Repertory Grid Technique
The repertory grid technique is used in many fields for eliciting and analysing knowledge and for self-help and counselling purposes. The technique is essentially matrix-based although it is more complex than simply filling-in a matrix of elements. When used in knowledge engineering, the technique usually involves the following four main stages (as described below). The Rep Grid Tool in PCPACK v2 provides full support for each of these stages.
In stage 1 the concepts (called elements) are selected for the grid. For the technique to be successful and not take too much time to operate, the number chosen should be no less than about 7 and no more than about 15. A set of about the same number of attributes (called constructs) is also required. These should be such that the values can be rated on a continuous scale. The attributes can be taken from knowledge previously elicited or generated during the session using triadic elicitation.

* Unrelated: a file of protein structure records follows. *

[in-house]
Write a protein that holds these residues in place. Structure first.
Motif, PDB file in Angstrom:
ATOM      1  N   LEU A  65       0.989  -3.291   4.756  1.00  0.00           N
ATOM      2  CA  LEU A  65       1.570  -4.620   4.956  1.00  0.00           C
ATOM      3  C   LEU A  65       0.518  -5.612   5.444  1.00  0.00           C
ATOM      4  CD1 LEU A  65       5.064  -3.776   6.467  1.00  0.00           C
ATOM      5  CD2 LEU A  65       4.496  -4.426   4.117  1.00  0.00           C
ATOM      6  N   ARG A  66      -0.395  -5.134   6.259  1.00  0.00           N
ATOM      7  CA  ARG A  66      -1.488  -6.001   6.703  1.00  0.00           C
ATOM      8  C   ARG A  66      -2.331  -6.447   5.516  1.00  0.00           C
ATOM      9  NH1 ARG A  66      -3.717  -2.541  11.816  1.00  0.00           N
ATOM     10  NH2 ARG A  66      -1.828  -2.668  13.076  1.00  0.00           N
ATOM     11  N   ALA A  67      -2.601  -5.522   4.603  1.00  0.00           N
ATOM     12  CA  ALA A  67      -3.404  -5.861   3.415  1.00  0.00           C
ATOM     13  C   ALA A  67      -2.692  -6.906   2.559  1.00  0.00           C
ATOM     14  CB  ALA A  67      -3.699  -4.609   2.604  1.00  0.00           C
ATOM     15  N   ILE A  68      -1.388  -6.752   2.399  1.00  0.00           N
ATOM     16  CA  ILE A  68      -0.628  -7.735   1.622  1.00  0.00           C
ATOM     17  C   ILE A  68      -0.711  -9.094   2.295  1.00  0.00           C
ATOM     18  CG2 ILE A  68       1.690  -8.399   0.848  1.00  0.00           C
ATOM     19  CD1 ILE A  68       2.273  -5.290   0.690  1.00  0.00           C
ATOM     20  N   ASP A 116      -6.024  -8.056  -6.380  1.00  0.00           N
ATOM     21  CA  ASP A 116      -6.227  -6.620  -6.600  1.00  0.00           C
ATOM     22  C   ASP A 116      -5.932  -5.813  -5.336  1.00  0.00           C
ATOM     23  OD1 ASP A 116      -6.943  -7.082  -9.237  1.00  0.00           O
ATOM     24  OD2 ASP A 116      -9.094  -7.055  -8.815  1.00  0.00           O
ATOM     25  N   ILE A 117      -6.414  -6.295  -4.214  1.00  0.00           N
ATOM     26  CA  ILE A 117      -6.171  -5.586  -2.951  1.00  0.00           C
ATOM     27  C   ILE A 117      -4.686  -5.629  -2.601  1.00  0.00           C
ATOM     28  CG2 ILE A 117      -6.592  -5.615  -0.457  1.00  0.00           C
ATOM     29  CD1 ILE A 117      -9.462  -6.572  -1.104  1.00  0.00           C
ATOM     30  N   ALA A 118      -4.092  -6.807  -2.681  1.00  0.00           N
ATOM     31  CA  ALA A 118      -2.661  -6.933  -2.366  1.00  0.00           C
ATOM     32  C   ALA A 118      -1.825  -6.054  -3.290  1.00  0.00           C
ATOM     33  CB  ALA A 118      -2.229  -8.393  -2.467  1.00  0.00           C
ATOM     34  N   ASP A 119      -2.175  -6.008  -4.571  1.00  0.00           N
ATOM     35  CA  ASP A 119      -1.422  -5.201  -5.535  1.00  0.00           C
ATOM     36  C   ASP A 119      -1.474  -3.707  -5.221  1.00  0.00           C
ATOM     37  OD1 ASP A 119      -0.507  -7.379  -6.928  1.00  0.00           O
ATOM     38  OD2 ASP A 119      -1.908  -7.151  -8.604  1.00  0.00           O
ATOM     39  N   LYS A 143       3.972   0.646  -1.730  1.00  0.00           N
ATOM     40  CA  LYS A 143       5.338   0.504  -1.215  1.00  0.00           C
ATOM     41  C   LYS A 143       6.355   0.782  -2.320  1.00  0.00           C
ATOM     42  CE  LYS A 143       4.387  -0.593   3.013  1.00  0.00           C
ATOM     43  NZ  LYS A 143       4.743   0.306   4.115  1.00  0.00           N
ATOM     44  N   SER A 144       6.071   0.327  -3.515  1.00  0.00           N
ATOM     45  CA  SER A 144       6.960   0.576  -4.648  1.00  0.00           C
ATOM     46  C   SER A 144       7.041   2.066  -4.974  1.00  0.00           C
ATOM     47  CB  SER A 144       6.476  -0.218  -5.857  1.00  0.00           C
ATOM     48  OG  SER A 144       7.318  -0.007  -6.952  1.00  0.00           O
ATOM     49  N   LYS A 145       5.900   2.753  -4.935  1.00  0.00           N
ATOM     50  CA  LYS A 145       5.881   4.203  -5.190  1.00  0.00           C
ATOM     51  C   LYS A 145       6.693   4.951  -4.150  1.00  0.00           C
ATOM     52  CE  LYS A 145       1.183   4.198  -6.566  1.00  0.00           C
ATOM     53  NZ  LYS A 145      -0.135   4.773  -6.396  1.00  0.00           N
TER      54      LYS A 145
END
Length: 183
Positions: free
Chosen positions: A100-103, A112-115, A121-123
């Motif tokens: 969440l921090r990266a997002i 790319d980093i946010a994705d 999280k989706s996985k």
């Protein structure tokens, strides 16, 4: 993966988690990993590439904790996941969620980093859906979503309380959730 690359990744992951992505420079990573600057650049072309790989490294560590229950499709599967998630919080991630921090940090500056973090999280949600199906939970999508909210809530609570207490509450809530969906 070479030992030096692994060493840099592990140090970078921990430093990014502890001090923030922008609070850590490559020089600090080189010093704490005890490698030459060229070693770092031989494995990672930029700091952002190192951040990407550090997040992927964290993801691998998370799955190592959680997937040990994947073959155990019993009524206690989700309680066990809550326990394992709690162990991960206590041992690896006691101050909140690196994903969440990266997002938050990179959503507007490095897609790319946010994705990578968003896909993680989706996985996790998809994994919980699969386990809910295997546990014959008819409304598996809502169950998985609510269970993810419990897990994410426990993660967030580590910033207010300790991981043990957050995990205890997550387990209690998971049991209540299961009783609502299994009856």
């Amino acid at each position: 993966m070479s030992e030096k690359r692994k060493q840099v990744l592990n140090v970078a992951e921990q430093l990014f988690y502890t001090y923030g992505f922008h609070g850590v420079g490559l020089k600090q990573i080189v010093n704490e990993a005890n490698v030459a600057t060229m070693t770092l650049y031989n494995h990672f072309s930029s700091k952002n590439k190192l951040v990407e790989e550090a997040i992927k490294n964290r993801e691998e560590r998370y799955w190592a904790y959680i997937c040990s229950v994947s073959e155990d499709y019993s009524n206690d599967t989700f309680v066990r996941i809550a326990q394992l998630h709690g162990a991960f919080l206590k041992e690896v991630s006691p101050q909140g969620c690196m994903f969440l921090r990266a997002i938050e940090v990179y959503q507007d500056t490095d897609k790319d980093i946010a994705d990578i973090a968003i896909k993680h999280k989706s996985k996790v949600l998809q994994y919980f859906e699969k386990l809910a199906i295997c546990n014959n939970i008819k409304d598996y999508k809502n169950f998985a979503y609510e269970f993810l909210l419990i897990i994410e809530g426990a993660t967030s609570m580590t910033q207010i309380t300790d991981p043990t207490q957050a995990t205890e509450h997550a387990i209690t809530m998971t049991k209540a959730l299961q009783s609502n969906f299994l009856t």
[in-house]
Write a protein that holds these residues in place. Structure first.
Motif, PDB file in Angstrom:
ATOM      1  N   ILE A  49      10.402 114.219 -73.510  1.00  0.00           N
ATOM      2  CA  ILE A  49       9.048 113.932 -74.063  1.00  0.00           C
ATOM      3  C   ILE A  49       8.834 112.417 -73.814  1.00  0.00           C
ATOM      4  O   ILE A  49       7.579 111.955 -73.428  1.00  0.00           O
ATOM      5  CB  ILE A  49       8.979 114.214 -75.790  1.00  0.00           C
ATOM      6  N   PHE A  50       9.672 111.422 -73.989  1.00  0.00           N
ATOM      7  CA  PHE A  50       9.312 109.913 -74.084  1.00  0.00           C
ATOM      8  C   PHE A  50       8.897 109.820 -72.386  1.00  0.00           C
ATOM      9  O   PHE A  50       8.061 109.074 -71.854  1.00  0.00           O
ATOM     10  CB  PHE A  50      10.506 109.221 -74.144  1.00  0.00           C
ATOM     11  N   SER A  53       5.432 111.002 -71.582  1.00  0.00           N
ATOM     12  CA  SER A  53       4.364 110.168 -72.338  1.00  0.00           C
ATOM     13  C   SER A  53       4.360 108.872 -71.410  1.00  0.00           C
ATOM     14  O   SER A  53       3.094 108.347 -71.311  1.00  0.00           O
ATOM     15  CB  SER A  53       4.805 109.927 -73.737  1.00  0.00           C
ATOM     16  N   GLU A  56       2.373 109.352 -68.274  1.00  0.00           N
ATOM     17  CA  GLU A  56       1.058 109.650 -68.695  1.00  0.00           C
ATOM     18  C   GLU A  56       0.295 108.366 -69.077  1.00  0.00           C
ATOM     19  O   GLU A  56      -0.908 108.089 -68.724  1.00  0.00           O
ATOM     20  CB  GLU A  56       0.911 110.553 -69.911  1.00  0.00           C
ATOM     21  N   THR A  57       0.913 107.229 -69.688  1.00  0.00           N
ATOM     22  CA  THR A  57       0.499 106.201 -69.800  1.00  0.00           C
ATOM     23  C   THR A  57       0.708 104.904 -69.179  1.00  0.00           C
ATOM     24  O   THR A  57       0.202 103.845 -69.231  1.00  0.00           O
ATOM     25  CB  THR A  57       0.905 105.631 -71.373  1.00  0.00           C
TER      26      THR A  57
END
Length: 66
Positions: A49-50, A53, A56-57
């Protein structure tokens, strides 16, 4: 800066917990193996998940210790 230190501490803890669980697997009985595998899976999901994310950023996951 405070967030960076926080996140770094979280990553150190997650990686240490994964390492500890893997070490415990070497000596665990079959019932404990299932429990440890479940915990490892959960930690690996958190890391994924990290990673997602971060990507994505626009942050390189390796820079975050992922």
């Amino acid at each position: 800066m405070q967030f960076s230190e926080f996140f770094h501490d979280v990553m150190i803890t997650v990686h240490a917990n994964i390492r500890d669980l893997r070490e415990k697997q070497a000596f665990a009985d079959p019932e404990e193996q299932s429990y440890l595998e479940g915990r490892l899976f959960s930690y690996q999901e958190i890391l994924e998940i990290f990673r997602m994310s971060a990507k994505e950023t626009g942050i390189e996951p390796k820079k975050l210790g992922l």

Stage 2 involves the rating of each concept against each attribute. A numerical scale is often used, say 1 - 9. For instance, if the concepts are planets in the solar system, each might be rated on its distance from the sun (1 meaning close to the sun, 9 meaning far away), and so on through the other attributes.
In stage 3, the ratings are applied to a statistical calculation called cluster analysis to create a focus grid. These calculations ensure that concepts with similar scores are grouped together in the focus grid. Similarly, attributes that have similar scores across the concepts are grouped together in the focus grid. An example of a focus grid for planets of the solar system is shown in the figure below.
The structures to the bottom and to the right of the gird shown above are dendrograms that indicate the strength of correlations. For instance, the lower dendrogram shows Neptune and Uranus as being very similar planets, and the right-hand dendrogram indicates a correlation between size and lack of density.
In stage 4, the knowledge engineer walks the expert through the focus grid gaining feedback and prompting for knowledge concerning the groupings and correlations shown. If appropriate, extra concepts or attributes are added and then rated to provide a larger and more representative grid. In this way the technique can be used to uncover hidden correlations and causal connections.
Other Knowledge Acquisition Techniques:
Protocol Analysis techniques
Limited-Information and Constrained-Processing tasks